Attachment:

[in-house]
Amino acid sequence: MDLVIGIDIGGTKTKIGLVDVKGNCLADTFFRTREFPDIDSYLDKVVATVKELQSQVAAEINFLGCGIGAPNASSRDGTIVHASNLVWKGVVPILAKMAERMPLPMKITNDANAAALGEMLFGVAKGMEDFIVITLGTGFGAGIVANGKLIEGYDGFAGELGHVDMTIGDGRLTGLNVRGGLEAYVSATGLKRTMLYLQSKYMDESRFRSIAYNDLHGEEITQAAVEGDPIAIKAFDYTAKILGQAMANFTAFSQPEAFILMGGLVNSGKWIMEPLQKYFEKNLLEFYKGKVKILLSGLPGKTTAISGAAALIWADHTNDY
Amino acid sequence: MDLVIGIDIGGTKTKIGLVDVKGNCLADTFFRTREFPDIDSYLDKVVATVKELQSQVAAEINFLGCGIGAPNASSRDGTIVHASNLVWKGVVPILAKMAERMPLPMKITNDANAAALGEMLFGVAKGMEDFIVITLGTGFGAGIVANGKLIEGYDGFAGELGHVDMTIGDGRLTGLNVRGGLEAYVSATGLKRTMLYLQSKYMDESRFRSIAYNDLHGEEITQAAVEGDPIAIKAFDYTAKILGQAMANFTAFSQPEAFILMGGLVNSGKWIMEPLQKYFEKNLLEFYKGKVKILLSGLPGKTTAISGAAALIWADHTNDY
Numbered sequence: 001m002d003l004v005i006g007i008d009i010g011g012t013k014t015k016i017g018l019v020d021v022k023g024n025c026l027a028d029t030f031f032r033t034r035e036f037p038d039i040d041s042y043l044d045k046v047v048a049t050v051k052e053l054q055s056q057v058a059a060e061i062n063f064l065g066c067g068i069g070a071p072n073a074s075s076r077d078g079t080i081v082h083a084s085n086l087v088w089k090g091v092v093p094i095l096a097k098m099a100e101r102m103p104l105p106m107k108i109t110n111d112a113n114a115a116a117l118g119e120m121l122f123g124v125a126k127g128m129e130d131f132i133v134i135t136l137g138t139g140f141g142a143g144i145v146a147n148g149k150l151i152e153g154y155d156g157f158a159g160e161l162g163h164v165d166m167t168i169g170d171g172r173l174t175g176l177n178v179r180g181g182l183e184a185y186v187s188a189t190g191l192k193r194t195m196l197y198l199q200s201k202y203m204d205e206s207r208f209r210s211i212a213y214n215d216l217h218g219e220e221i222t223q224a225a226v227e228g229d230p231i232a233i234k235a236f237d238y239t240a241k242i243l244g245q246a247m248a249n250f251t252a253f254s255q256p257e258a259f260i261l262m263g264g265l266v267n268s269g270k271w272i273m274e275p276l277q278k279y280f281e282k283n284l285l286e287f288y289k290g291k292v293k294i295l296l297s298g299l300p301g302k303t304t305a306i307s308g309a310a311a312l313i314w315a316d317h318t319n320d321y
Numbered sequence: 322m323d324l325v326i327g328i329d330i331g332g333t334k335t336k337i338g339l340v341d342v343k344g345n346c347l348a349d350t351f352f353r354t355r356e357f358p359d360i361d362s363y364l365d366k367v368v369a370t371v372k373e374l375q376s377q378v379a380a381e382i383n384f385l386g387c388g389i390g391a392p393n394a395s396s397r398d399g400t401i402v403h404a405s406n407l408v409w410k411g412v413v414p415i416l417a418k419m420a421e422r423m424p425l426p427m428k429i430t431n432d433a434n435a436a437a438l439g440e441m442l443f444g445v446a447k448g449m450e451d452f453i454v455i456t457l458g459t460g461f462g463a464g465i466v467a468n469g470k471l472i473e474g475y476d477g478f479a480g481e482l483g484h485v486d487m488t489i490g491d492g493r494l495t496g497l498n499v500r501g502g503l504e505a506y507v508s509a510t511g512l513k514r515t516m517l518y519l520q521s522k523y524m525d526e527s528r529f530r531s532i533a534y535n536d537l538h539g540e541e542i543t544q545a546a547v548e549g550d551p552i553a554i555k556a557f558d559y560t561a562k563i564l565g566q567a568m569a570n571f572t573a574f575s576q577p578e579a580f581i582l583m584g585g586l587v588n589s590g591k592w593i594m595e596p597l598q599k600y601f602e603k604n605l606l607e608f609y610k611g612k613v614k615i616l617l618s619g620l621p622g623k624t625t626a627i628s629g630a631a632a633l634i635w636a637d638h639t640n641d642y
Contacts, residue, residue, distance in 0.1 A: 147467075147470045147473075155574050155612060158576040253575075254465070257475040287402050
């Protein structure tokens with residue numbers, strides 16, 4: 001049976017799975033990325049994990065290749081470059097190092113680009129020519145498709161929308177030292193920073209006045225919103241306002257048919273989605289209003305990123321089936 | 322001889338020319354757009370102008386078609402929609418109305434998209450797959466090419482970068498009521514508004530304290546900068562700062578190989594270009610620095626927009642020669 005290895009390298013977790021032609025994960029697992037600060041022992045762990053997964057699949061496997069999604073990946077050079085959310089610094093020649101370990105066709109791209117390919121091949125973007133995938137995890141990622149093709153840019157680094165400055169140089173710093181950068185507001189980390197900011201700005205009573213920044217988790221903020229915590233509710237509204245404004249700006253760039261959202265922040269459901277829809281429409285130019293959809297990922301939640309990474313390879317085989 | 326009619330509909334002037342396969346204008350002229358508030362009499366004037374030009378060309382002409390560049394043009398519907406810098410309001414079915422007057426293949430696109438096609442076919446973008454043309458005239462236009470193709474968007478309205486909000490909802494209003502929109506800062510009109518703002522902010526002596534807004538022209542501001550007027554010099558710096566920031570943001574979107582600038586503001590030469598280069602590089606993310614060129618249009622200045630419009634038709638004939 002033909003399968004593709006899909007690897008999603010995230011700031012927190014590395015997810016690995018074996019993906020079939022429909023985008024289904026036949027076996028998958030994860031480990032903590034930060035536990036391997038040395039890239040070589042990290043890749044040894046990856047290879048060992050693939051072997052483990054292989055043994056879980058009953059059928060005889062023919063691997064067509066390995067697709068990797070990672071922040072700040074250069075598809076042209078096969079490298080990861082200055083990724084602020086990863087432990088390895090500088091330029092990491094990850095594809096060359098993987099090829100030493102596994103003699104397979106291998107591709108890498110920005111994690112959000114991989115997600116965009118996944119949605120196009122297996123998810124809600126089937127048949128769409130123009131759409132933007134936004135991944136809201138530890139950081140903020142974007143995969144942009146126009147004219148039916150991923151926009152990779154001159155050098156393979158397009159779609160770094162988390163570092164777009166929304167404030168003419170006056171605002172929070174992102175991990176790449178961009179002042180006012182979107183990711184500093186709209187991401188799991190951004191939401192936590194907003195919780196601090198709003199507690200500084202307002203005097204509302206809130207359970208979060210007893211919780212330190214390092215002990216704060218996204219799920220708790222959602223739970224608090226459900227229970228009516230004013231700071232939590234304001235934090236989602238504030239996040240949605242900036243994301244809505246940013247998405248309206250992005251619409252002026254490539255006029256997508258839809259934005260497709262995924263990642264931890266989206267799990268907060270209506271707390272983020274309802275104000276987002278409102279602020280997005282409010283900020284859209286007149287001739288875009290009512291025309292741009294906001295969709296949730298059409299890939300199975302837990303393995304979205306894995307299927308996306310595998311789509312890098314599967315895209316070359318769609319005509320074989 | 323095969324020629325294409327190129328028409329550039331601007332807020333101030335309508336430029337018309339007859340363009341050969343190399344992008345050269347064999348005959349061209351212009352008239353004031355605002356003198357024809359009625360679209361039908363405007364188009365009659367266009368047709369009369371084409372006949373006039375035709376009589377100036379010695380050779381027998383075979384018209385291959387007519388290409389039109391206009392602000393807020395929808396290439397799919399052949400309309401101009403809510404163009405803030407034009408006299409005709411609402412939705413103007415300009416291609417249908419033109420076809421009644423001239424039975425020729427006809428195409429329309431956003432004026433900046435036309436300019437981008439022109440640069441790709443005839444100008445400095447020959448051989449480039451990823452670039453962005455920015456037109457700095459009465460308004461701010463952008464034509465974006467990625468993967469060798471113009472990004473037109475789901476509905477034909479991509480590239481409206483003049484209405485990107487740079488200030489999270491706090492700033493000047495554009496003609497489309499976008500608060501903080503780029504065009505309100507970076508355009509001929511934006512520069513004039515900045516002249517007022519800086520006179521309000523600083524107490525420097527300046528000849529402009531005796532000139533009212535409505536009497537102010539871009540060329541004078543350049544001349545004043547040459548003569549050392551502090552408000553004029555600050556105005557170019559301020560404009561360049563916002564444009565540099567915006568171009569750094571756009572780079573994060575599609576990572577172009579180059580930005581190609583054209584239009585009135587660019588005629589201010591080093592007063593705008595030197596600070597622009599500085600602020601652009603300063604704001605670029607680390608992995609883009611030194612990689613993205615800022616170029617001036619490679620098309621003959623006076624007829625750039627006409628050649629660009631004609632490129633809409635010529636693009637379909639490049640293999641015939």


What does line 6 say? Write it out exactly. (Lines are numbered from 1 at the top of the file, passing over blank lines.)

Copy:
Contacts, residue, residue, distance in 0.1 A: 147467075147470045147473075155574050155612060158576040253575075254465070257475040287402050